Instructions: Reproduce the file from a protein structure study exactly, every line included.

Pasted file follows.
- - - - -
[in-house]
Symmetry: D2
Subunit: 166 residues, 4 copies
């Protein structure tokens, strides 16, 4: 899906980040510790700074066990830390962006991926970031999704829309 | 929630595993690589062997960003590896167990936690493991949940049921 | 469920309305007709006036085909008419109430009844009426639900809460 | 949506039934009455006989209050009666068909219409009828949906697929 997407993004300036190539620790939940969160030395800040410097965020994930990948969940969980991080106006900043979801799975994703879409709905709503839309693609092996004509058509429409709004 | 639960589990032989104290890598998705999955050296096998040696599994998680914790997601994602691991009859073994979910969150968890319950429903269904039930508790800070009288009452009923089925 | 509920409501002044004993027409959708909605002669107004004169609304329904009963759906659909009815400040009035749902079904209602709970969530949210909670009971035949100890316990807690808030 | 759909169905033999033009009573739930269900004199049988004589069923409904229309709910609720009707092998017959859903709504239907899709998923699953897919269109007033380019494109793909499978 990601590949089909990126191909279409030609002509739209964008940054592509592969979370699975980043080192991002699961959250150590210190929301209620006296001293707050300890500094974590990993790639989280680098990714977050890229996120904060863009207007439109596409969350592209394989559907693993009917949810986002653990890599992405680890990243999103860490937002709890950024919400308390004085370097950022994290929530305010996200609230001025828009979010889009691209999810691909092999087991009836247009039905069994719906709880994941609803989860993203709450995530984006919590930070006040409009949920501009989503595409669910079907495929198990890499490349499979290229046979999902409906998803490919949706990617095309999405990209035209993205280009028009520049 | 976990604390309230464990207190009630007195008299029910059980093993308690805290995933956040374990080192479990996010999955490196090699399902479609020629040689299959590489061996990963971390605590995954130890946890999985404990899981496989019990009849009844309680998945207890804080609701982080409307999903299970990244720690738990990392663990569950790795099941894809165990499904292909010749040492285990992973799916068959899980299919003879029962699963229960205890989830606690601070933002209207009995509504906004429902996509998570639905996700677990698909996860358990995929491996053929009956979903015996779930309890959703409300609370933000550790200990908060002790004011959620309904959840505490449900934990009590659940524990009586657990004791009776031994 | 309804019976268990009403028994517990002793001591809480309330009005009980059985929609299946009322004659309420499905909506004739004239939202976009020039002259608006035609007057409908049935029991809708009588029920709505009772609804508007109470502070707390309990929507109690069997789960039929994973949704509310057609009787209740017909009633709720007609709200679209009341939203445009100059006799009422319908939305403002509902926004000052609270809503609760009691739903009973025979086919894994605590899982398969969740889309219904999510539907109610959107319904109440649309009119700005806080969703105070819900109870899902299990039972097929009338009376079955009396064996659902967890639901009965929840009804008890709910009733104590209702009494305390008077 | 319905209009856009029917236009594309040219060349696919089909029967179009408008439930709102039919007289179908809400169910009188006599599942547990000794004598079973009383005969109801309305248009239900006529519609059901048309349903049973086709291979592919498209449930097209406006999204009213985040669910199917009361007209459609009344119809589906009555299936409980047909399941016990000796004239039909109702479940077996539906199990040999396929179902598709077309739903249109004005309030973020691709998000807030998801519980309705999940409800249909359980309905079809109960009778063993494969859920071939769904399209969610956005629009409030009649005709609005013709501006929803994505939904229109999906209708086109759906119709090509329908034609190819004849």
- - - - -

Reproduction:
[in-house]
Symmetry: D2
Subunit: 166 residues, 4 copies
């Protein structure tokens, strides 16, 4: 899906980040510790700074066990830390962006991926970031999704829309 | 929630595993690589062997960003590896167990936690493991949940049921 | 469920309305007709006036085909008419109430009844009426639900809460 | 949506039934009455006989209050009666068909219409009828949906697929 997407993004300036190539620790939940969160030395800040410097965020994930990948969940969980991080106006900043979801799975994703879409709905709503839309693609092996004509058509429409709004 | 639960589990032989104290890598998705999955050296096998040696599994998680914790997601994602691991009859073994979910969150968890319950429903269904039930508790800070009288009452009923089925 | 509920409501002044004993027409959708909605002669107004004169609304329904009963759906659909009815400040009035749902079904209602709970969530949210909670009971035949100890316990807690808030 | 759909169905033999033009009573739930269900004199049988004589069923409904229309709910609720009707092998017959859903709504239907899709998923699953897919269109007033380019494109793909499978 990601590949089909990126191909279409030609002509739209964008940054592509592969979370699975980043080192991002699961959250150590210190929301209620006296001293707050300890500094974590990993790639989280680098990714977050890229996120904060863009207007439109596409969350592209394989559907693993009917949810986002653990890599992405680890990243999103860490937002709890950024919400308390004085370097950022994290929530305010996200609230001025828009979010889009691209999810691909092999087991009836247009039905069994719906709880994941609803989860993203709450995530984006919590930070006040409009949920501009989503595409669910079907495929198990890499490349499979290229046979999902409906998803490919949706990617095309999405990209035209993205280009028009520049 | 976990604390309230464990207190009630007195008299029910059980093993308690805290995933956040374990080192479990996010999955490196090699399902479609020629040689299959590489061996990963971390605590995954130890946890999985404990899981496989019990009849009844309680998945207890804080609701982080409307999903299970990244720690738990990392663990569950790795099941894809165990499904292909010749040492285990992973799916068959899980299919003879029962699963229960205890989830606690601070933002209207009995509504906004429902996509998570639905996700677990698909996860358990995929491996053929009956979903015996779930309890959703409300609370933000550790200990908060002790004011959620309904959840505490449900934990009590659940524990009586657990004791009776031994 | 309804019976268990009403028994517990002793001591809480309330009005009980059985929609299946009322004659309420499905909506004739004239939202976009020039002259608006035609007057409908049935029991809708009588029920709505009772609804508007109470502070707390309990929507109690069997789960039929994973949704509310057609009787209740017909009633709720007609709200679209009341939203445009100059006799009422319908939305403002509902926004000052609270809503609760009691739903009973025979086919894994605590899982398969969740889309219904999510539907109610959107319904109440649309009119700005806080969703105070819900109870899902299990039972097929009338009376079955009396064996659902967890639901009965929840009804008890709910009733104590209702009494305390008077 | 319905209009856009029917236009594309040219060349696919089909029967179009408008439930709102039919007289179908809400169910009188006599599942547990000794004598079973009383005969109801309305248009239900006529519609059901048309349903049973086709291979592919498209449930097209406006999204009213985040669910199917009361007209459609009344119809589906009555299936409980047909399941016990000796004239039909109702479940077996539906199990040999396929179902598709077309739903249109004005309030973020691709998000807030998801519980309705999940409800249909359980309905079809109960009778063993494969859920071939769904399209969610956005629009409030009649005709609005013709501006929803994505939904229109999906209708086109759906119709090509329908034609190819004849």